Hiking Ellis Peak, Lake Tahoe
I hope you all had an amazing weekend like I did! The summer might be coming to a close and I am back in school, but that’s not going to stop me from having a great time. No way. Team Fun right here. On Saturday, I had my Mindful Leadership class, which I can tell is going to be a great class for me personally and professionally. My professors are top notch, there are some great people in my class, and we get to meditate and do yoga as part of the curriculum. How cool is that?! If you haven’t heard of mindfulness, I suggest you look it up. I’ll give more details throughout the semester, but it in a nutshell, it means being present in the moment in a non-judgmental way. Let go of the past and don’t worry about the future. I think we could all benefit from a little more of that! It is crazy to think about how much stress is wasted each day thinking (or obsessing, like me) about things that you have absolutely no control over. I am definitely going to try and embrace living in each moment a little more.
Speaking of living in the moment, yesterday I woke up at around 10:00. OMG, that is so out of character for me. But, I have not slept in my own bed past 5:30 am in six weeks and I was definitely taking advantage of the opportunity. It was awesome, especially since I have a brand-spanking-new mattress. After laying in bed for a while and trying to get motivated to go for a run, I decided to text Jenn and see if she would be up to bag a peak. I’m funny in that way. If I don’t have a lot of motivation to run, I will see if I can drag someone else along with me to still do something outdoors, and of course, Jenn is always up for anything. Although I skipped on the running miles, I still like to think that all this peak bagging is a great form of strength training that is making my legs that much stronger.
Anyways, we decided to hike Ellis Peak and left Incline Village at about 1:30 to head over to the West shore of Lake Tahoe to the trailhead. To get there from Tahoe City, take Hwy 89 towards Homewood Ski Resort. From the Y in Tahoe City, drive 4.2 miles to Barker Pass Road. After about 2.25 miles, you will see a fork in the road that gives you the option to stay on the paved road or take a dirt road. Stay on the paved road for several more miles until you reach the top. You will know you are at the top when you see a dirt parking lot on the left and the paved road turns into dirt. Here, you can either park in the dirt lot, or just on the side of the road like we did. Walk up through the dirt lot and you will see the trailhead.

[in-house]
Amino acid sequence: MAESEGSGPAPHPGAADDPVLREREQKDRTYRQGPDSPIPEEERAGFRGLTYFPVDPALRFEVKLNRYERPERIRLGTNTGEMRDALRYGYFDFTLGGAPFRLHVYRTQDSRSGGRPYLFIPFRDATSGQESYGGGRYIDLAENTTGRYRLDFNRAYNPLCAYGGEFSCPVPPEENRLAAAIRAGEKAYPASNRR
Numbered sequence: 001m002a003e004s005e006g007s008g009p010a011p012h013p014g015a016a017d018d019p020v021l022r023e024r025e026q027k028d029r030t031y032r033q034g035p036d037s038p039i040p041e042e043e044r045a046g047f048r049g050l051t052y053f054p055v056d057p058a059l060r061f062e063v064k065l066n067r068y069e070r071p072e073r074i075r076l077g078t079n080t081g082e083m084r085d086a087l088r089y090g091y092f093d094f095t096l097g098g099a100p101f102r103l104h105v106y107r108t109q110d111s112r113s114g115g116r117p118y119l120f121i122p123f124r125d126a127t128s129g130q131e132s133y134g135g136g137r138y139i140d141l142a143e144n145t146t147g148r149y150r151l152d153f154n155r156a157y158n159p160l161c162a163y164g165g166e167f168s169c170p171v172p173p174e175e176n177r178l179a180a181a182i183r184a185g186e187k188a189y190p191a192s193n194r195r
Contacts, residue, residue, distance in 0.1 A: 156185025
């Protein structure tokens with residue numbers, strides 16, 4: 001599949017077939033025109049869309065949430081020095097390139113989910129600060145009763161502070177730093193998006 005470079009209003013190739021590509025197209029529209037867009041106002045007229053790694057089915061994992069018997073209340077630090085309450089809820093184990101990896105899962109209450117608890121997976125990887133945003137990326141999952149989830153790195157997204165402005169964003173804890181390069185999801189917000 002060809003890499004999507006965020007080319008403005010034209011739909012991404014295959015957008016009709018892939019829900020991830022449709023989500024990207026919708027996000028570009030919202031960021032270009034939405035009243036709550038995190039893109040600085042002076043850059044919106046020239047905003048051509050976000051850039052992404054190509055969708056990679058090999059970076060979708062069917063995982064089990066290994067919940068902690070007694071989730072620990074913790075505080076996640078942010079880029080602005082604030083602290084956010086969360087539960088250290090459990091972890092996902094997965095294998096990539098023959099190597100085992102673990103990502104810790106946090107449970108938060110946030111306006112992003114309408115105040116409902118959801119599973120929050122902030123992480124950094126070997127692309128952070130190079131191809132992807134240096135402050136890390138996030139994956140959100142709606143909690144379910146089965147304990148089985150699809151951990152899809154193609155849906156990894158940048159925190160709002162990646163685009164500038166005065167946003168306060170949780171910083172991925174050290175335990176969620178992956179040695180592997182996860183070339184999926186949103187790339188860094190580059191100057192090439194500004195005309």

Once you begin on the trail, it will start to immediately climb. The first mile or so takes you up some switchbacks through a beautiful forest. Once you are at the top of the switch backs, you will find yourself on a ridge with amazing views. Even if this is as far as you make it on your hike, it is well worth the effort. You will be standing on what are know as the Fourth of July chutes, with gorgeous views of Desolation Wilderness to your Southwest and Lake Tahoe to your East.
To bag Ellis, keep on the trail for about another two miles. You will continue on the ridge and then begin a decent, which feels a little backwards. Jenn and I kept wondering why on Earth we were going down when we were trying to climb to the top of a mountain. After a while of going down, you will begin a steep pitch back up towards Ellis. A note of caution, once you get close to Ellis, you will see a false summit that is tempting to climb, thinking that you are at the peak. We fell for it and made the false summit. Instead, continue on the trail toward the right of the false summit to go all the way to Ellis. We ended up having to scramble down the false summit and back to the trail. It wasn’t horrible, but was also a bit of a waste of time.
We finally reached the real summit and all-in-all it took us about an hour and 45 minutes. Ellis Peak sits at 8,740′ and provides beautiful views of the entire lake. It was a perfectly clear day, although really windy, and we could see Desolation Wilderness, Pyramid Peak and the Crystal Range (I am getting those in a couple of weeks!), Freel Peak, Jobs Sister, Jobs Peak, Rifle Peak, Mt. Rose, and many, many more. It is so cool being up that high and seeing all the peaks that I have stood on (or will stand on) this year.
After a celebratory brew at the top and always a good yell at the top of our lungs, we headed back down. We probably would have made it back to the car in a shorter amount of time than it took us to get up, but we missed the turn. Don’t make our mistake and have to backtrack your steps. When you are coming off the peak (about a quarter of a mile down), make sure to look for the single track trail to the right. Otherwise, you will do what we did and find yourself down the Rubicon Jeep trail and have to hike back up. Luckily, we got back on the trail and made it back to the car with a little bit of daylight to spare. It was definitely a close call!
Ellis Peak puts me at 7 peaks this year and I still have 8 more to go to hit my 15 peaks in ’15 goal. I am running out of time this summer and hope that we have a long Fall so I can get those in! Either way, I have had an amazing time standing on some of the tallest mountains in the area this year. What is your favorite peak to summit? I need some more ideas to get to my 15!
- Total Distance: About 7 miles round-trip
- Difficulty: Moderate
- Pros: Beautiful views of the entire Lake and Desolation Wilderness
- Cons: Doesn’t sit quite as high as some of the other peaks, so it is easy to be a little jaded if you have done Tallac or Rifle. Also, the trail back down is easy to miss. Make sure to look for the single track trail to the right about a quarter mile down from the false summit.